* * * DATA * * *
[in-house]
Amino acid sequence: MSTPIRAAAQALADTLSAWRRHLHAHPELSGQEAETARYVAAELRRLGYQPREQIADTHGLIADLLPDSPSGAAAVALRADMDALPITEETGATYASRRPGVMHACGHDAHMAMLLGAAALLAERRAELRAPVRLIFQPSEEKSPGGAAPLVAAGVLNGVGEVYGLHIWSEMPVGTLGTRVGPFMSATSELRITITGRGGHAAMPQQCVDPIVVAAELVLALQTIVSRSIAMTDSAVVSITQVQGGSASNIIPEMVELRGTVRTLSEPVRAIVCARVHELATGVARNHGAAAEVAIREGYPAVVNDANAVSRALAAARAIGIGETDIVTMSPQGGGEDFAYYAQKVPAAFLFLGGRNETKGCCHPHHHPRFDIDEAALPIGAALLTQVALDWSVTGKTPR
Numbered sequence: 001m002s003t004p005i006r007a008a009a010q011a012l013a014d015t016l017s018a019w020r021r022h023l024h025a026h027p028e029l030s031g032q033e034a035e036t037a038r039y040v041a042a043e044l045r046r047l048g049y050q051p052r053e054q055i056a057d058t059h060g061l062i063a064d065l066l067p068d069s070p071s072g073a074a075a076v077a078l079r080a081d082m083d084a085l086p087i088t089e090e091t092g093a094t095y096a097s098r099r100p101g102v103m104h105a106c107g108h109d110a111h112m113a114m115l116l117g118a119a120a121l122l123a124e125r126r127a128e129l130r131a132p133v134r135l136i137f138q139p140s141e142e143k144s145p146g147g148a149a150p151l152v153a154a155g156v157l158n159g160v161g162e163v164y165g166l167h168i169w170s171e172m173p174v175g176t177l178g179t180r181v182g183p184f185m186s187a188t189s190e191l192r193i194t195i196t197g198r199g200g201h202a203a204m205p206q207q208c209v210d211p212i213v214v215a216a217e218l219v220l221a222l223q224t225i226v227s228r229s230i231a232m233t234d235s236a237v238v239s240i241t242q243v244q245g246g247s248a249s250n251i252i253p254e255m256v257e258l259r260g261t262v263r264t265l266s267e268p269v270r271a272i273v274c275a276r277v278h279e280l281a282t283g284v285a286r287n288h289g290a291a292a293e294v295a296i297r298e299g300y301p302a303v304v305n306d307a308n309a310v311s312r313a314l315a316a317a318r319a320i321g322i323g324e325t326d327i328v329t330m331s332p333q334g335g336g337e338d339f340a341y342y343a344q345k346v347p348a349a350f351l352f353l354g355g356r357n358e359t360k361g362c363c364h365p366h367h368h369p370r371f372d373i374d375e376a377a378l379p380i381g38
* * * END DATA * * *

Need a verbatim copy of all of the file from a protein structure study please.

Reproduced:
[in-house]
Amino acid sequence: MSTPIRAAAQALADTLSAWRRHLHAHPELSGQEAETARYVAAELRRLGYQPREQIADTHGLIADLLPDSPSGAAAVALRADMDALPITEETGATYASRRPGVMHACGHDAHMAMLLGAAALLAERRAELRAPVRLIFQPSEEKSPGGAAPLVAAGVLNGVGEVYGLHIWSEMPVGTLGTRVGPFMSATSELRITITGRGGHAAMPQQCVDPIVVAAELVLALQTIVSRSIAMTDSAVVSITQVQGGSASNIIPEMVELRGTVRTLSEPVRAIVCARVHELATGVARNHGAAAEVAIREGYPAVVNDANAVSRALAAARAIGIGETDIVTMSPQGGGEDFAYYAQKVPAAFLFLGGRNETKGCCHPHHHPRFDIDEAALPIGAALLTQVALDWSVTGKTPR
Numbered sequence: 001m002s003t004p005i006r007a008a009a010q011a012l013a014d015t016l017s018a019w020r021r022h023l024h025a026h027p028e029l030s031g032q033e034a035e036t037a038r039y040v041a042a043e044l045r046r047l048g049y050q051p052r053e054q055i056a057d058t059h060g061l062i063a064d065l066l067p068d069s070p071s072g073a074a075a076v077a078l079r080a081d082m083d084a085l086p087i088t089e090e091t092g093a094t095y096a097s098r099r100p101g102v103m104h105a106c107g108h109d110a111h112m113a114m115l116l117g118a119a120a121l122l123a124e125r126r127a128e129l130r131a132p133v134r135l136i137f138q139p140s141e142e143k144s145p146g147g148a149a150p151l152v153a154a155g156v157l158n159g160v161g162e163v164y165g166l167h168i169w170s171e172m173p174v175g176t177l178g179t180r181v182g183p184f185m186s187a188t189s190e191l192r193i194t195i196t197g198r199g200g201h202a203a204m205p206q207q208c209v210d211p212i213v214v215a216a217e218l219v220l221a222l223q224t225i226v227s228r229s230i231a232m233t234d235s236a237v238v239s240i241t242q243v244q245g246g247s248a249s250n251i252i253p254e255m256v257e258l259r260g261t262v263r264t265l266s267e268p269v270r271a272i273v274c275a276r277v278h279e280l281a282t283g284v285a286r287n288h289g290a291a292a293e294v295a296i297r298e299g300y301p302a303v304v305n306d307a308n309a310v311s312r313a314l315a316a317a318r319a320i321g322i323g324e325t326d327i328v329t330m331s332p333q334g335g336g337e338d339f340a341y342y343a344q345k346v347p348a349a350f351l352f353l354g355g356r357n358e359t360k361g362c363c364h365p366h367h368h369p370r371f372d373i374d375e376a377a378l379p380i381g38